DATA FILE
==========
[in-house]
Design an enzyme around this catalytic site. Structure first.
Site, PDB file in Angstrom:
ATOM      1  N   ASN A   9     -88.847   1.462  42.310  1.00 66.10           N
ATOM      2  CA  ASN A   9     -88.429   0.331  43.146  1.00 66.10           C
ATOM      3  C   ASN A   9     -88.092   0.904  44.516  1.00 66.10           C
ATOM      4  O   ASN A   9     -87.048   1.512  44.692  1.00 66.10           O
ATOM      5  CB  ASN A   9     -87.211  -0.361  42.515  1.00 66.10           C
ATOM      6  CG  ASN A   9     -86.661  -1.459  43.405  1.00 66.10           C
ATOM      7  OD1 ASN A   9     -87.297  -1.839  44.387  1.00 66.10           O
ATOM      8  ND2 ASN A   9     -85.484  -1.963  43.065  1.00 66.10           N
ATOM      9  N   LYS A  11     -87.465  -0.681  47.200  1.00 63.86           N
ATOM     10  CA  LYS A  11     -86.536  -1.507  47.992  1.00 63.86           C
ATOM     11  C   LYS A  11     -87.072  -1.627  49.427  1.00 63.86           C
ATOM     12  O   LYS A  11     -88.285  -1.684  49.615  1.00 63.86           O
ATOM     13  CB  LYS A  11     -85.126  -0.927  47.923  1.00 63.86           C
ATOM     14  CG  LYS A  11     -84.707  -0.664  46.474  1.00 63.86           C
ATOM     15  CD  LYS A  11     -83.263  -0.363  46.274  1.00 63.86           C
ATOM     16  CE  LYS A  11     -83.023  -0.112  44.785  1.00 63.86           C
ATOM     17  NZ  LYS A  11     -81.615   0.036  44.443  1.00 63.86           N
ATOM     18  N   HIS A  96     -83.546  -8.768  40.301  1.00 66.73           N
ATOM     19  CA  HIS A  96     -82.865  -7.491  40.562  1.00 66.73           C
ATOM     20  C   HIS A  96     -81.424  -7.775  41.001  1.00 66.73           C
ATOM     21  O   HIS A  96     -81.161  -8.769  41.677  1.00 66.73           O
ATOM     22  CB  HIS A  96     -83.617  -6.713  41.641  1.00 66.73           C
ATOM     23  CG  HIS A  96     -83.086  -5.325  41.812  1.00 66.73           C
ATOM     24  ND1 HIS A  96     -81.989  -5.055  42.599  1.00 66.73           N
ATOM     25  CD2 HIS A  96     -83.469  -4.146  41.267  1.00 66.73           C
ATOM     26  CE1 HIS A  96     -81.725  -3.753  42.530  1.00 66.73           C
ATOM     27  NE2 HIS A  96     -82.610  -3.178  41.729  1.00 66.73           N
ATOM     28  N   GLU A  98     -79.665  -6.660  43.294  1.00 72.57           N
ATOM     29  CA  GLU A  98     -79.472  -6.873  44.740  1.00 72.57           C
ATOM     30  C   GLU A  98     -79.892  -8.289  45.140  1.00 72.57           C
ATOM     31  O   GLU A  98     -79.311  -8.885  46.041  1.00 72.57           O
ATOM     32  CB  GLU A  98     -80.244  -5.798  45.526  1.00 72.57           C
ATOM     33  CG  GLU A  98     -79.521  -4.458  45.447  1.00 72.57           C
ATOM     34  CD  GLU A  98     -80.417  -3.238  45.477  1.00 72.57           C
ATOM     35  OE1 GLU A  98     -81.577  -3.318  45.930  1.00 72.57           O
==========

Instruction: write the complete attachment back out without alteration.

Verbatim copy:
[in-house]
Design an enzyme around this catalytic site. Structure first.
Site, PDB file in Angstrom:
ATOM      1  N   ASN A   9     -88.847   1.462  42.310  1.00 66.10           N
ATOM      2  CA  ASN A   9     -88.429   0.331  43.146  1.00 66.10           C
ATOM      3  C   ASN A   9     -88.092   0.904  44.516  1.00 66.10           C
ATOM      4  O   ASN A   9     -87.048   1.512  44.692  1.00 66.10           O
ATOM      5  CB  ASN A   9     -87.211  -0.361  42.515  1.00 66.10           C
ATOM      6  CG  ASN A   9     -86.661  -1.459  43.405  1.00 66.10           C
ATOM      7  OD1 ASN A   9     -87.297  -1.839  44.387  1.00 66.10           O
ATOM      8  ND2 ASN A   9     -85.484  -1.963  43.065  1.00 66.10           N
ATOM      9  N   LYS A  11     -87.465  -0.681  47.200  1.00 63.86           N
ATOM     10  CA  LYS A  11     -86.536  -1.507  47.992  1.00 63.86           C
ATOM     11  C   LYS A  11     -87.072  -1.627  49.427  1.00 63.86           C
ATOM     12  O   LYS A  11     -88.285  -1.684  49.615  1.00 63.86           O
ATOM     13  CB  LYS A  11     -85.126  -0.927  47.923  1.00 63.86           C
ATOM     14  CG  LYS A  11     -84.707  -0.664  46.474  1.00 63.86           C
ATOM     15  CD  LYS A  11     -83.263  -0.363  46.274  1.00 63.86           C
ATOM     16  CE  LYS A  11     -83.023  -0.112  44.785  1.00 63.86           C
ATOM     17  NZ  LYS A  11     -81.615   0.036  44.443  1.00 63.86           N
ATOM     18  N   HIS A  96     -83.546  -8.768  40.301  1.00 66.73           N
ATOM     19  CA  HIS A  96     -82.865  -7.491  40.562  1.00 66.73           C
ATOM     20  C   HIS A  96     -81.424  -7.775  41.001  1.00 66.73           C
ATOM     21  O   HIS A  96     -81.161  -8.769  41.677  1.00 66.73           O
ATOM     22  CB  HIS A  96     -83.617  -6.713  41.641  1.00 66.73           C
ATOM     23  CG  HIS A  96     -83.086  -5.325  41.812  1.00 66.73           C
ATOM     24  ND1 HIS A  96     -81.989  -5.055  42.599  1.00 66.73           N
ATOM     25  CD2 HIS A  96     -83.469  -4.146  41.267  1.00 66.73           C
ATOM     26  CE1 HIS A  96     -81.725  -3.753  42.530  1.00 66.73           C
ATOM     27  NE2 HIS A  96     -82.610  -3.178  41.729  1.00 66.73           N
ATOM     28  N   GLU A  98     -79.665  -6.660  43.294  1.00 72.57           N
ATOM     29  CA  GLU A  98     -79.472  -6.873  44.740  1.00 72.57           C
ATOM     30  C   GLU A  98     -79.892  -8.289  45.140  1.00 72.57           C
ATOM     31  O   GLU A  98     -79.311  -8.885  46.041  1.00 72.57           O
ATOM     32  CB  GLU A  98     -80.244  -5.798  45.526  1.00 72.57           C
ATOM     33  CG  GLU A  98     -79.521  -4.458  45.447  1.00 72.57           C
ATOM     34  CD  GLU A  98     -80.417  -3.238  45.477  1.00 72.57           C
ATOM     35  OE1 GLU A  98     -81.577  -3.318  45.930  1.00 72.57           O